Until some prebiotically plausible mechanism for capturing and channeling the available prebiotic energy into performing useful "biological" work is found, vague appeals to "open systems" just aren't sufficient ("open system thermodynamics" are necessary, but not sufficient).
Er, you appear to have a serious misunderstanding of thermodynamics.
The second law deals with entropy, and entropy is a property; that's a technical term that means its value depends only on the current state of the system and not in any way how the system got to that state. (This is often very useful, because it means that we can calculate entropy changes between two states along any possible and equivalent path). Therefore the idea of needing to know a mechanism (for the transition between states) in order to evaluate the thermodynamic possibilities is a red herring.
What counts thermodynamically is the difference in entropy between the initial and final states, not how it got from one state to the other. I think that some people have done such calculations for some proposed scenarios, but I'm not sure. However, what I am sure of is that you can't claim that the second law of thermodynamics poses any problem for any hypothesized event until you have calculated the change in entropy and demonstrated a spontaneous decrease.
Nor can you claim that particular characteristics of a system are or are not necessary, or are or are not sufficient, until you have presented the appropriate calculations.
Of course, we are trying to figure out mechanisms for all sorts fo reasons; but we do not need to know a mechanism to evaluate what thermodynamics allows.
JohnF: The second law deals with entropy, and entropy is a property; that's a technical term that means its value depends only on the current state of the system and not in any way how the system got to that state.
Yeah, so what? You’re confused. You see, I am not talking about only thermodynamics: I am talking about thermodynamics as it applies to the origin of life – more than one field of science is involved here.
It doesn't matter how many fields of science you are talking about, it doesn't matter if you are talking about thermodynamics as it applies to the origin of life or as it applies to steam power plants or as it applies to anything at all. Entropy is a property and its value depends only on the current state of the system and not in any way how the system got to that state. Until you realize and accept that your thermodynamic claims are gobbledygook.
Explaining how life could arise from nonlife requires explaining the mechanism by which a decrease in entropy - associated with the formation of biological polymers and systems of such polymers - could have plausibly occurred in a prebiotic context.
From the point of view of thermodynamics, absolutely not. If you wish to claim (as you have) that there is a thermodynamic problem with abiogenesis, the only way you can support that statement is with calculations that demonstrate an overall decrease in entropy.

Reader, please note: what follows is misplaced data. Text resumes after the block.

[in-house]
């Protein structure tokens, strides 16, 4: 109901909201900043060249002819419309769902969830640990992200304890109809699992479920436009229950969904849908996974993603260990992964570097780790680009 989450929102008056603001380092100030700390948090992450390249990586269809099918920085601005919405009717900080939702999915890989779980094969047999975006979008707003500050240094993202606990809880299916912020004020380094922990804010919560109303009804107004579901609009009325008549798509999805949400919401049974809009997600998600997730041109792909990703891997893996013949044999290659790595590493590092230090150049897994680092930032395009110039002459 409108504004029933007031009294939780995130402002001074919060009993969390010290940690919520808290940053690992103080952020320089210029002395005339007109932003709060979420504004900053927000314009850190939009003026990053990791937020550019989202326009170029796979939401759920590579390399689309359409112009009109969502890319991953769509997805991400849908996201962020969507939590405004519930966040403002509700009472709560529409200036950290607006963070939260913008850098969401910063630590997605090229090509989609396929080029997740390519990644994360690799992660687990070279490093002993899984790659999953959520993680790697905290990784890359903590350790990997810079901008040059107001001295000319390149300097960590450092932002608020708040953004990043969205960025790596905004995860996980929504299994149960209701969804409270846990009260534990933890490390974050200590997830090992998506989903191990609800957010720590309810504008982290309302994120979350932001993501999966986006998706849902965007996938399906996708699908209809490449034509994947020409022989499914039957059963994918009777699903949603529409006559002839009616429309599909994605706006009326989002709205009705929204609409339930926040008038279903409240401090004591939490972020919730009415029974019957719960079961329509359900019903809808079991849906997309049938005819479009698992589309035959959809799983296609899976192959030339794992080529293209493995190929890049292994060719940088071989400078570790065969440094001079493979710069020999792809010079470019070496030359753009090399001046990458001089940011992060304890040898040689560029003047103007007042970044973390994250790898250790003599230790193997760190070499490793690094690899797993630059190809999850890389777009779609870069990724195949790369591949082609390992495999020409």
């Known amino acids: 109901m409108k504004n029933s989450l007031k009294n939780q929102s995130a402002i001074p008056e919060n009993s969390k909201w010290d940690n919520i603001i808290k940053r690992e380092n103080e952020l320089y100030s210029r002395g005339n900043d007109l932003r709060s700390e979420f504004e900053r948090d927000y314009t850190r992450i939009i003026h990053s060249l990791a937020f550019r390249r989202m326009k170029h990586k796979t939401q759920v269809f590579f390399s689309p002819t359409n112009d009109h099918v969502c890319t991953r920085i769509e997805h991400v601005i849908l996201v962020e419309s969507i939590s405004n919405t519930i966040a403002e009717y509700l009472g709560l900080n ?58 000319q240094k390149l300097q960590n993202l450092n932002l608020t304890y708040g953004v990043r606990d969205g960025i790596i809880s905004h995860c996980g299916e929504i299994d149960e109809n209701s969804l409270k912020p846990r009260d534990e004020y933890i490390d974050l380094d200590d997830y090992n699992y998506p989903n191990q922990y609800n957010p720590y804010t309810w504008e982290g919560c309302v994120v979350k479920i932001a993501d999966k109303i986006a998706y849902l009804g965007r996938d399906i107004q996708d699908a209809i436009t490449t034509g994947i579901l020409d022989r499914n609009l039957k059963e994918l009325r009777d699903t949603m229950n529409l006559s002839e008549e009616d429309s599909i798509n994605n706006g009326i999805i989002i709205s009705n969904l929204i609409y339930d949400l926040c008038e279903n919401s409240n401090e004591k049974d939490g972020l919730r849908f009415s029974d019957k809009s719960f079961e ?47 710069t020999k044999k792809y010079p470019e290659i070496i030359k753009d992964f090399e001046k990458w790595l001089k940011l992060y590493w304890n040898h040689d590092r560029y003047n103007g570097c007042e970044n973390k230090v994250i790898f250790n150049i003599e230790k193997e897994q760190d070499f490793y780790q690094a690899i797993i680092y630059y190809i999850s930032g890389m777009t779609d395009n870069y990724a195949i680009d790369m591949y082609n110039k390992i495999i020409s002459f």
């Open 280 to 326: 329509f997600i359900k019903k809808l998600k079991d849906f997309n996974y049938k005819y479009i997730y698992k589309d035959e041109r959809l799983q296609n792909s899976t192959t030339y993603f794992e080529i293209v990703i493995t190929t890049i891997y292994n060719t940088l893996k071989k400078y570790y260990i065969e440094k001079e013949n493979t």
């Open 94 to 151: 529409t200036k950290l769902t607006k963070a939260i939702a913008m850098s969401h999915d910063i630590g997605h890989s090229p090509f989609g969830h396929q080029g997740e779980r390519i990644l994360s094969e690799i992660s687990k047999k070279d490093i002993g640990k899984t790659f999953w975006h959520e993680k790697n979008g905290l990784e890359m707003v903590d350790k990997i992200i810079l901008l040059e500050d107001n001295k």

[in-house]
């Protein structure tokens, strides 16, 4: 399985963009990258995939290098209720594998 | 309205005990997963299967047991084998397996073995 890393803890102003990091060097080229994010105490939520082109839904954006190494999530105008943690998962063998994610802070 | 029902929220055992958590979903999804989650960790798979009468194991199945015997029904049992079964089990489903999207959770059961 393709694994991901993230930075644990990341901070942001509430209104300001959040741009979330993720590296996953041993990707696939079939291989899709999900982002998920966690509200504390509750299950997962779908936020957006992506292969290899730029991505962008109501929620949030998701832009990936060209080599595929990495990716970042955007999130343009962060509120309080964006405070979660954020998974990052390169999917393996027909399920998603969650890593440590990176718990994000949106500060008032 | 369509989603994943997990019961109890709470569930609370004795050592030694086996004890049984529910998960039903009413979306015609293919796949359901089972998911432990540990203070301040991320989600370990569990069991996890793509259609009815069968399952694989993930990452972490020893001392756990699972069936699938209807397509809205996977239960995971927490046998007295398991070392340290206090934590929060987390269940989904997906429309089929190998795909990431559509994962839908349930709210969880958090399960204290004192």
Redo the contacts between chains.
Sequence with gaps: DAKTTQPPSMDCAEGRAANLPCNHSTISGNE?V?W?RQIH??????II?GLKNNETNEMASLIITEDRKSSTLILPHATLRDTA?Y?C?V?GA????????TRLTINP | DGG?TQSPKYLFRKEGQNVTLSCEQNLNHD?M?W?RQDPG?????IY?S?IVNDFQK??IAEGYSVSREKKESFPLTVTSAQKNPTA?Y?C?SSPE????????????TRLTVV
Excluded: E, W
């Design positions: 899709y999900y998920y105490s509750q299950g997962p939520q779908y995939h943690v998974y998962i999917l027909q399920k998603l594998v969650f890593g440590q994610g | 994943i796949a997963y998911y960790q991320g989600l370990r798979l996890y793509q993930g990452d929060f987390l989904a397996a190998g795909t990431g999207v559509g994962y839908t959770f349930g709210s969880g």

Of course, from the point of view of abiogenesis research, explaining the mechanism is key ... but we're not discussing that, we're discussing your claim of a thermodynamic problem.
Simply saying sufficient energy was available because the Earth is an open system is insufficient.
Agreed, but irrelevant to your claim of a thermodynamic problem.
In the absence of calculations we don't know if there is a thermodynamic problem. As I said in my earlier message, I think such caclulations have been made for some scenarios; but the relevant item is your claim that there is a problem. Simply saying that it hasn't been proved that there is no problem is insufficient; you claimed there is a problem, support that claim.
For example, we know that the change from free monomers to polymers involves a decrease in entropy (increase in order) and is endergonic (which is why OOL researchers preactivate their monomers). And we know this without having to know exact values. So polymer formation goes in the wrong direction and is thus a nonspontaneous process. Therefore, some sort of process or mechanism must be present in order for such an uphill process to occur (for example, cells couple endergonic reactions with exergonic reactions, usually using ATP as an energy intermediate).
Agreed. However, in order to determine the thermodynamics of the situation we do not have to have the slightest idea of what that process is or was. All we have to know is the starting state of an appropriate system and the ending state of that same system. It may be convenient to calculate the changes by integrating along a process path from the initial to the final state, but it is not required to do so, and that process path can be any physically possible path; it need not be the actual path and it can be a ludicrously unrealistic path.
So relying on just vauge appeals to "open system thermodynamics" for translation is insufficient in more than one way - same goes for OOL.
True; but appeals to open system thermodynamics do demonstrate that it's plausible that there may not be a problem. However, it's still irrelevant to your claim that the second law of thermodynamics poses a problem for abiogenesis. You need to supply positive support for that claim, not just vague appeals to a supposed lack of support for other's claims.
Let me try an analogy ... gravity poses a problem for the origin of pyramids (analogous to how the second law poses a problem for OOL).
You have made nothing but assertions. I (and, I believe, others) understand what you are saying and don't need your analogies ... what we are asking for is evidence for your unsupported assertion that "the second law poses a problem for OOL".
Thermodynamic calculations should be part of a comprehensive theory of abiogenesis (which theory we don't have yet). Only a fool would offer a hypothesis which requires flouting the second law. But until calculations are presented nobody, including you and me, knows whether or not "the second law poses a problem for OOL".
Present your calculations or accept that you do not know whether or not "the second law poses a problem for OOL".
Tell you what, why don’t you tell us exactly what you (wrongly) think I said
I thought you said: